Yesterday Grandma Billye Jayne Charleville Lavrakas passed on. She brought beauty, style and a touch of frivolous whimsy to everything. She was the quintessential California beauty. My mother’s mother.
Fortuitously, if you can call it that, my brother, sister and I are all together this weekend. We’re driving out to the Midwest for my sister’s college graduation. Rather than oppressive sadness, we’ve taken joy in remembering her and sharing stories.
Grandma “L.,” as we called her when we were little, is a defining woman of my life. She is the matriarch of a family full of strong women … who loved to laugh … a lot.
Years ago Grandma drove a wood-sided le Baron convertible. When we’d visit, she’d drive the either the lucky girl or boy grandkids to the magic shop down the street and we could pick out something cool. We’d come home and “accidentally” spill invisible ink on the grandkids who had yet to go and try and make up something fantastical that happened, either we saw someone famous or that Grandma bought us something huge. Each had their special turn.
We had many years of fun in that convertible. Two of my cousins, Miranda and Laura, are my same age. For Christmas one year we each had received an American Girl doll. As a special treat the following summer we three girls dressed up, brought our dolls and drove in style in the le Baron for a tea with Grandma at the Newport Beach Ritz Carleton. I’m pretty sure we giggle the entire day.
Specializing in watercolors, Grandma was a very talented artist. The Ritz Carleton’s gift shop sold her paintings of a beach scene with the hotel in it. She sold her paintings at various arts and crafts fairs throughout the year. While my cousins in California could be there for more events, I remember visiting from Oregon and helping her to set up booths at the Sawdust Festival and other events. Though mainly using watercolor, she did an oil painting of each grandkid that each will have forever. Her absolutely stunning painting of Mt. Hood is the centerpiece of my parents’ living room.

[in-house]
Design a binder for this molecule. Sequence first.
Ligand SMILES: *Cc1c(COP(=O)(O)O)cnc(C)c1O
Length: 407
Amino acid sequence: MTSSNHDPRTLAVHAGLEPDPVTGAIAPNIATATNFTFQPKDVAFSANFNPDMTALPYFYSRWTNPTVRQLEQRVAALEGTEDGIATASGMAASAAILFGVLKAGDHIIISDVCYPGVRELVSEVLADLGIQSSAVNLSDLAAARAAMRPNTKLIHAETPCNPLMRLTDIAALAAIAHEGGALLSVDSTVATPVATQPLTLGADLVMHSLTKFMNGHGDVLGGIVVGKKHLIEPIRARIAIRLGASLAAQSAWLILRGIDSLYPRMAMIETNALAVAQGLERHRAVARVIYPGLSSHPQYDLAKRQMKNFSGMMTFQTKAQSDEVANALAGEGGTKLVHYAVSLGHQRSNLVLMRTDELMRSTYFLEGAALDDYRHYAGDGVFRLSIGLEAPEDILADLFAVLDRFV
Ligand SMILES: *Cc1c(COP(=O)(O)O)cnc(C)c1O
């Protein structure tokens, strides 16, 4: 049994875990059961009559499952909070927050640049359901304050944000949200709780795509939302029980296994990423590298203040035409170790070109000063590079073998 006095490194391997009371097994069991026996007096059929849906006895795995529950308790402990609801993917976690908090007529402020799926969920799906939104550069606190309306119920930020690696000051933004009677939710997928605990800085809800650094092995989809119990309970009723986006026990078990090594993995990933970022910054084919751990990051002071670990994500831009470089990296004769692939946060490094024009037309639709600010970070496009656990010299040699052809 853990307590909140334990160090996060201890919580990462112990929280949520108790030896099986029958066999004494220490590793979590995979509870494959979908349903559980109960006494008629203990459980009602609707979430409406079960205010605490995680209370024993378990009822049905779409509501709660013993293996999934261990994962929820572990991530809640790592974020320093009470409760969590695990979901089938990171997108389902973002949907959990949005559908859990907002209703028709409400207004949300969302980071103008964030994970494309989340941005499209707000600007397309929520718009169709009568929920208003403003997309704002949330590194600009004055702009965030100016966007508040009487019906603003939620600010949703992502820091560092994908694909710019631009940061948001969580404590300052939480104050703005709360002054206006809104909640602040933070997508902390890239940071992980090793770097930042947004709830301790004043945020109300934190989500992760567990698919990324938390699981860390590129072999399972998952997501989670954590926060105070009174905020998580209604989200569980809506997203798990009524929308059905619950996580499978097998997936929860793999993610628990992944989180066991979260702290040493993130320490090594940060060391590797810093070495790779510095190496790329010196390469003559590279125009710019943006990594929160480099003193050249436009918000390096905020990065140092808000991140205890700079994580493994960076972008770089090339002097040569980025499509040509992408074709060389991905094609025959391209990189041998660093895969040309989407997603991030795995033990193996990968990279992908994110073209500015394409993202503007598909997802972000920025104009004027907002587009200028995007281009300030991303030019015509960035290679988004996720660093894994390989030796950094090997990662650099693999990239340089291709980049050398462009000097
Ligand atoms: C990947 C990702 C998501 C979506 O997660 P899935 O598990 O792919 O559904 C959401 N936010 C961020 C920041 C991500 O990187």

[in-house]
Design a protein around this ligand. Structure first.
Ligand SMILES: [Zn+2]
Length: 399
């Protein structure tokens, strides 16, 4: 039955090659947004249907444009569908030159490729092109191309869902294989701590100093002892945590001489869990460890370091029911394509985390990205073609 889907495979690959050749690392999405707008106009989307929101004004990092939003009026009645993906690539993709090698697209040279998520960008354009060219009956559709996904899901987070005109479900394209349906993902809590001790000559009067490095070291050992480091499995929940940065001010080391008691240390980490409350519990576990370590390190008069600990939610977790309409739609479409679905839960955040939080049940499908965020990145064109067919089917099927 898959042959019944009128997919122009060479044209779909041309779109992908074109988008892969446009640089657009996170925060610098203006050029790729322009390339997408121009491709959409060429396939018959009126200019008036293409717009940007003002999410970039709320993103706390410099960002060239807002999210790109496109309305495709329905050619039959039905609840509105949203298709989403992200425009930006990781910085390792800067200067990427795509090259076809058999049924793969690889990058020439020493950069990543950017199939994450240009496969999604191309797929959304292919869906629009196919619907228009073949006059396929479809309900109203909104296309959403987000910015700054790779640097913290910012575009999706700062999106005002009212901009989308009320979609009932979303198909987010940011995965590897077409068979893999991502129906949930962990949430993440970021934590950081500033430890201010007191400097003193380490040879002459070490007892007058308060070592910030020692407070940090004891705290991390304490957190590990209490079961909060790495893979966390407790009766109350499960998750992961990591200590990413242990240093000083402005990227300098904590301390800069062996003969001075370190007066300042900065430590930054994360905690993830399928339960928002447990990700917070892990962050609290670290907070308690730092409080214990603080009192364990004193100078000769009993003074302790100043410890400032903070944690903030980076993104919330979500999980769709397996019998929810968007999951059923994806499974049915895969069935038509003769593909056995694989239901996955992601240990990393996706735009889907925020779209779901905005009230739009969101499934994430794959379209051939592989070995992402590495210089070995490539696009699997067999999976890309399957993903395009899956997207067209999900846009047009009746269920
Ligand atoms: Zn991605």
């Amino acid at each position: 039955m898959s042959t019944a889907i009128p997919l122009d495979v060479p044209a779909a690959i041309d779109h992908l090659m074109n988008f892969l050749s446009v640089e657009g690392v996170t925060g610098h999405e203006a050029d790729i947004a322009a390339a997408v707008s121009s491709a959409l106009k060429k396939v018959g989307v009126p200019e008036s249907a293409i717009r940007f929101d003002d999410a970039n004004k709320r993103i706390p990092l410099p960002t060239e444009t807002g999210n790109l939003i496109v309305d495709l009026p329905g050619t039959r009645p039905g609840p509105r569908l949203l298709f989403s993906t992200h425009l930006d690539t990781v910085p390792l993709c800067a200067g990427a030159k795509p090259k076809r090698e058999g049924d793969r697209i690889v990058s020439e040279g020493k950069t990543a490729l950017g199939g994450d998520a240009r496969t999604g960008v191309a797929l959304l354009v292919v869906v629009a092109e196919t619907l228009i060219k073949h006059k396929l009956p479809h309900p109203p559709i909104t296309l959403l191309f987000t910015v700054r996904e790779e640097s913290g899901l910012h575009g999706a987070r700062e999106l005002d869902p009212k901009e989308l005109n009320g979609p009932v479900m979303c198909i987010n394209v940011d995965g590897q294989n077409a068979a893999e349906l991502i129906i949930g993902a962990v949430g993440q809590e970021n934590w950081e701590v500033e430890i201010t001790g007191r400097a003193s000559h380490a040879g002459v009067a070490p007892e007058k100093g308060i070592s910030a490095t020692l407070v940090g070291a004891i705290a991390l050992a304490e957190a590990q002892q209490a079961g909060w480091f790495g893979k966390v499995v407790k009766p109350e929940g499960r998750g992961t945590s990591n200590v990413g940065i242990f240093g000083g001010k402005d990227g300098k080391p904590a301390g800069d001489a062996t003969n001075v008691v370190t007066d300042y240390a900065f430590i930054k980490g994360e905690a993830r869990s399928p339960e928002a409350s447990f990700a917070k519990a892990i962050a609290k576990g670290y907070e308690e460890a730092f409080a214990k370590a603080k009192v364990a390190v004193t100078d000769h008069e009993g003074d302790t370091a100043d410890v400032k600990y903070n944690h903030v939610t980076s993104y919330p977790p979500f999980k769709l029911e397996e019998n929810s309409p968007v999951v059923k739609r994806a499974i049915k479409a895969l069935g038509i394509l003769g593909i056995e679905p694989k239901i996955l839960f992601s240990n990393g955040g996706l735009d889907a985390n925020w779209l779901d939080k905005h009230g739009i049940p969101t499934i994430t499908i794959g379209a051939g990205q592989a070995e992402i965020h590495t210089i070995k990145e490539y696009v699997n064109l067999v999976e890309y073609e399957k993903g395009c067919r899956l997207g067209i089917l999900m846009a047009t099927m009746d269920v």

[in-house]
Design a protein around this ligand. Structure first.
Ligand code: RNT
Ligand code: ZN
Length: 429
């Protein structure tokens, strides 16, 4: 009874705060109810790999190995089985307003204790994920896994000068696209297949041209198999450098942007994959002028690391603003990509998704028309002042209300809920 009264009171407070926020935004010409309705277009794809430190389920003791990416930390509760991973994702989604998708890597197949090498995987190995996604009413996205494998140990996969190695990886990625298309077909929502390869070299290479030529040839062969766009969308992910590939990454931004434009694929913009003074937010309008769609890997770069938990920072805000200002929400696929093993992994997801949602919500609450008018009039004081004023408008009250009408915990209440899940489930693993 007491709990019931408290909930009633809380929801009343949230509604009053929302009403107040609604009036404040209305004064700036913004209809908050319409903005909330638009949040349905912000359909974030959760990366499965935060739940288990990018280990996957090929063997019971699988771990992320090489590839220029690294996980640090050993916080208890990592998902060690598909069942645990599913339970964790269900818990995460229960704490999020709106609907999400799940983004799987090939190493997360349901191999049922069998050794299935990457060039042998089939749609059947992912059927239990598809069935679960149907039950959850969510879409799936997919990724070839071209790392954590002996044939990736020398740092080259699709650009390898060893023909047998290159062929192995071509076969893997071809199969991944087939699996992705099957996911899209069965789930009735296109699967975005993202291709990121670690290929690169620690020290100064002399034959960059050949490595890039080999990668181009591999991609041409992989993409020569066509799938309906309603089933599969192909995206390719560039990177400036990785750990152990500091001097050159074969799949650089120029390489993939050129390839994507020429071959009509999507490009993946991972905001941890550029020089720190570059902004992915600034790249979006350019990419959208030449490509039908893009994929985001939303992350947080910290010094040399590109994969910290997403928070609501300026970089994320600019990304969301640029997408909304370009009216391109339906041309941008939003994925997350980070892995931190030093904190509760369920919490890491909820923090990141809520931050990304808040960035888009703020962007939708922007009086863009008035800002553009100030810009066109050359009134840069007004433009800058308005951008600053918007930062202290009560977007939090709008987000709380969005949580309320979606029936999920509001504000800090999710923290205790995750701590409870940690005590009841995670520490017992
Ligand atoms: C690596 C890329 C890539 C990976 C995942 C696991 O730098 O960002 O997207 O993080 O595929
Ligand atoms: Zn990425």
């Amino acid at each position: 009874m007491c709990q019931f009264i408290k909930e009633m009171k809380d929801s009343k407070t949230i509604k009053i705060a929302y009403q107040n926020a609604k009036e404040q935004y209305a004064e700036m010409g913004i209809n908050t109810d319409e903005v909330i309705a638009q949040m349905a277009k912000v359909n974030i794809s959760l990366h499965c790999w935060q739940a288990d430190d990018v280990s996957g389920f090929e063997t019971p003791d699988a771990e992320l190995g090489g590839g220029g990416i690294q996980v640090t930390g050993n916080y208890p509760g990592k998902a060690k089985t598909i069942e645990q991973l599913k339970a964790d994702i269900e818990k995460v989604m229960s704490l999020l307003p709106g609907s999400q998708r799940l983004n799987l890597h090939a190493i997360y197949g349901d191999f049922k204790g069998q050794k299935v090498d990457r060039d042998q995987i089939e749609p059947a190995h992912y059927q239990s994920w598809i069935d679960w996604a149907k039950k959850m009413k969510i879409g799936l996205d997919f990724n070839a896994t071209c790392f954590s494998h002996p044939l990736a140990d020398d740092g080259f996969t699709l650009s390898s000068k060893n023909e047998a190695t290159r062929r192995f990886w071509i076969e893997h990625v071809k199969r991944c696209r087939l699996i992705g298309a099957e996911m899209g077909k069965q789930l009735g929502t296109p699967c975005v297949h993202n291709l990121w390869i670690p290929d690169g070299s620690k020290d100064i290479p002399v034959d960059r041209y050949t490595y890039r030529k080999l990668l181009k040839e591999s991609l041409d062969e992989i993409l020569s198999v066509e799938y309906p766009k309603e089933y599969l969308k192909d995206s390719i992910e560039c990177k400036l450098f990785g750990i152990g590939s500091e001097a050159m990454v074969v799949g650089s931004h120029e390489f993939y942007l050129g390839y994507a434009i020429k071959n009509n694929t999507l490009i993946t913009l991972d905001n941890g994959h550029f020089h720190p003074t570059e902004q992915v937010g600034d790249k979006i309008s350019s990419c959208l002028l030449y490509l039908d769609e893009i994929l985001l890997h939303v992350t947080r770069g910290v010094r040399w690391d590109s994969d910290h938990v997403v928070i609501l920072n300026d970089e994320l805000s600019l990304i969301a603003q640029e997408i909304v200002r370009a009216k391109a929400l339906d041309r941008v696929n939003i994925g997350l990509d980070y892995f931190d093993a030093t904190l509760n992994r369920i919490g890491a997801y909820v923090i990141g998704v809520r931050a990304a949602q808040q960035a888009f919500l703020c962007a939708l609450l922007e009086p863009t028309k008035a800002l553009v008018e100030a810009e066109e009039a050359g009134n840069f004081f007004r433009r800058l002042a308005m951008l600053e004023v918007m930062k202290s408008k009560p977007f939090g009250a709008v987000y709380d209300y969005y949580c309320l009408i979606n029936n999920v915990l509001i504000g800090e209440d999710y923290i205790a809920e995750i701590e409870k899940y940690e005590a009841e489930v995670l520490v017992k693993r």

Summers at Grandma’s house were the pinnacle of fun. Hours upon hours we’d spend swimming in her pool. Then we’d watch any of her large collection of classic movies. The fridge door in her kitchen held eggs, each in a little divot. One of the eggs was made of rubber, but looked just like the others, providing for many a feigned egg-throwing prank.
We heard many stories of Grandma growing up. They all either reflected fun or humor. Here are some that stand out:
– Grandma’s brood stood out as “the fun ones” among their cousins on both sides. My second cousin, Dimitra, my mom’s cousin on her Greek side, told me that that side was always loud, laughing and vibrant. Their other cousin, on the non-Greek side, recalled visiting in her youth when someone suggested painting the refrigerator. Next thing you know, Grandma is helping them paint it red.
– Grandma was always a prankster. She had some dishes that were “unbreakable,” though probably meant for an accidental drop here and there. When my mom was in high school she brought some guy friends home for the first time. Upon walking into the kitchen, Grandma threw the “unbreakable” plate at the young men’s feet, and they promptly shattered. She then burst into laughter. I can only imagine what went into these boy’s head.
There are far more, but I’m being dragged away from the computer.
Thank you Grandma for everything. Your loving embrace will always be felt.